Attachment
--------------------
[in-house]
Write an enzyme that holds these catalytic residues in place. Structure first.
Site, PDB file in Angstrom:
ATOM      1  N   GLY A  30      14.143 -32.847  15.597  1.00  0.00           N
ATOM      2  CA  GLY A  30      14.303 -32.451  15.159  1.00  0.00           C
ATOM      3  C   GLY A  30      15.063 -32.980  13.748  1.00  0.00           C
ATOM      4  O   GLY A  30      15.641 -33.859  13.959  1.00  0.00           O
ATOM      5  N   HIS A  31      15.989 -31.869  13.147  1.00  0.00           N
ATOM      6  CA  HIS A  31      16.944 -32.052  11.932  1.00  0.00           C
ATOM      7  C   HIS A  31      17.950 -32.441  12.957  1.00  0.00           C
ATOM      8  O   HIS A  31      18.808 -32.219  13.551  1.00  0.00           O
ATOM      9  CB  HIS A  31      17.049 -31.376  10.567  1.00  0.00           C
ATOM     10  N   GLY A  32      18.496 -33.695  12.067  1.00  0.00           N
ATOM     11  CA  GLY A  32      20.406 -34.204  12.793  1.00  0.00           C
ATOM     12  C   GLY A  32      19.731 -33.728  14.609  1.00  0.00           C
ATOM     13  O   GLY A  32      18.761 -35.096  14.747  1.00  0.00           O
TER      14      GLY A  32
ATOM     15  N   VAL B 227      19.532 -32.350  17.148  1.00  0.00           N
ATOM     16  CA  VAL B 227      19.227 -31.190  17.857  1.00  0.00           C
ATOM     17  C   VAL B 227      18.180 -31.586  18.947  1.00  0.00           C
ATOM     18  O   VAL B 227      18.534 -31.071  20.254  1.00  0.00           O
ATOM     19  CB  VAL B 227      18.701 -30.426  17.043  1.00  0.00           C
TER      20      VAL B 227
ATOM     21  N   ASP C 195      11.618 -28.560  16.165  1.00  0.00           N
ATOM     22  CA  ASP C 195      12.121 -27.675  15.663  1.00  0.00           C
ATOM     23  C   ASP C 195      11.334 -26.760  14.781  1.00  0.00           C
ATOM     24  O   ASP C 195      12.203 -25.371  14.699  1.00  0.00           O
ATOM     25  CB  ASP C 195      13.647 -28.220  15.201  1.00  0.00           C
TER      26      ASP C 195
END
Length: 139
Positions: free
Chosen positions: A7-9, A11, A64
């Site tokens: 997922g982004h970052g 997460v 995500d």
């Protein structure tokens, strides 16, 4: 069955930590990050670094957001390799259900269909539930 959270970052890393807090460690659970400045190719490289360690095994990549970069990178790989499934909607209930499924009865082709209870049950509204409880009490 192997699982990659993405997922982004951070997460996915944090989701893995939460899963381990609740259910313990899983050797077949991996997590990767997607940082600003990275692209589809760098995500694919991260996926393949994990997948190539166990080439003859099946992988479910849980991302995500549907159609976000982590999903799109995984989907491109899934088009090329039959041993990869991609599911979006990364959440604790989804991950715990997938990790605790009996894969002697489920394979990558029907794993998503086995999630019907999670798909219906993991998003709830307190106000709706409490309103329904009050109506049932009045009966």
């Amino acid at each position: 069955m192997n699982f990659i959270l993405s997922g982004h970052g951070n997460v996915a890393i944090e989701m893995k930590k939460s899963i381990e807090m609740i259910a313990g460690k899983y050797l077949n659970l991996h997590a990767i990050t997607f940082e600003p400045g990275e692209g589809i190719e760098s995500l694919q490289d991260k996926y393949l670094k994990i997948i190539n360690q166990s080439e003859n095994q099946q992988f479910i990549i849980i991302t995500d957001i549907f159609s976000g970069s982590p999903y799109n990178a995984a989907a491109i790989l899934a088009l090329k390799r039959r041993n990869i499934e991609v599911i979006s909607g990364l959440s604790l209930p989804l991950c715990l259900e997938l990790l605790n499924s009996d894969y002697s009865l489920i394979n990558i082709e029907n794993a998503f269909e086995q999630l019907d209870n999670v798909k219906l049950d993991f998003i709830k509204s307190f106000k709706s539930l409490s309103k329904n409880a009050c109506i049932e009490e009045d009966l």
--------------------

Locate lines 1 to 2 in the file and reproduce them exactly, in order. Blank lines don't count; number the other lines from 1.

[in-house]
Write an enzyme that holds these catalytic residues in place. Structure first.